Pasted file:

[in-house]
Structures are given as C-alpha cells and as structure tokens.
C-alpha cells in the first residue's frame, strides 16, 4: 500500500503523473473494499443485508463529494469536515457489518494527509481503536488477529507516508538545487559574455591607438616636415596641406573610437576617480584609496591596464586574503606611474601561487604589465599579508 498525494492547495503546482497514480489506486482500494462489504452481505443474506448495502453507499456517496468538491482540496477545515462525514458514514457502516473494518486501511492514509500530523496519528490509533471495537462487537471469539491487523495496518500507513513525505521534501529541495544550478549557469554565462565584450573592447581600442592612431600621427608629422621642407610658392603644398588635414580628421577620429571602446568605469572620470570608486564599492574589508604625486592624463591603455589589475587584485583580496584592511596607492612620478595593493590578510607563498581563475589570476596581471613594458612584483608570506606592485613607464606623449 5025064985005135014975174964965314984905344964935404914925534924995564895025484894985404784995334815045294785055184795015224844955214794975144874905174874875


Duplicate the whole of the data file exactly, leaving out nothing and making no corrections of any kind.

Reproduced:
[in-house]
Structures are given as C-alpha cells and as structure tokens.
C-alpha cells in the first residue's frame, strides 16, 4: 500500500503523473473494499443485508463529494469536515457489518494527509481503536488477529507516508538545487559574455591607438616636415596641406573610437576617480584609496591596464586574503606611474601561487604589465599579508 498525494492547495503546482497514480489506486482500494462489504452481505443474506448495502453507499456517496468538491482540496477545515462525514458514514457502516473494518486501511492514509500530523496519528490509533471495537462487537471469539491487523495496518500507513513525505521534501529541495544550478549557469554565462565584450573592447581600442592612431600621427608629422621642407610658392603644398588635414580628421577620429571602446568605469572620470570608486564599492574589508604625486592624463591603455589589475587584485583580496584592511596607492612620478595593493590578510607563498581563475589570476596581471613594458612584483608570506606592485613607464606623449 5025064985005135014975174964965314984905344964935404914925534924995564895025484894985404784995334815045294785055184795015224844955214794975144874905174874875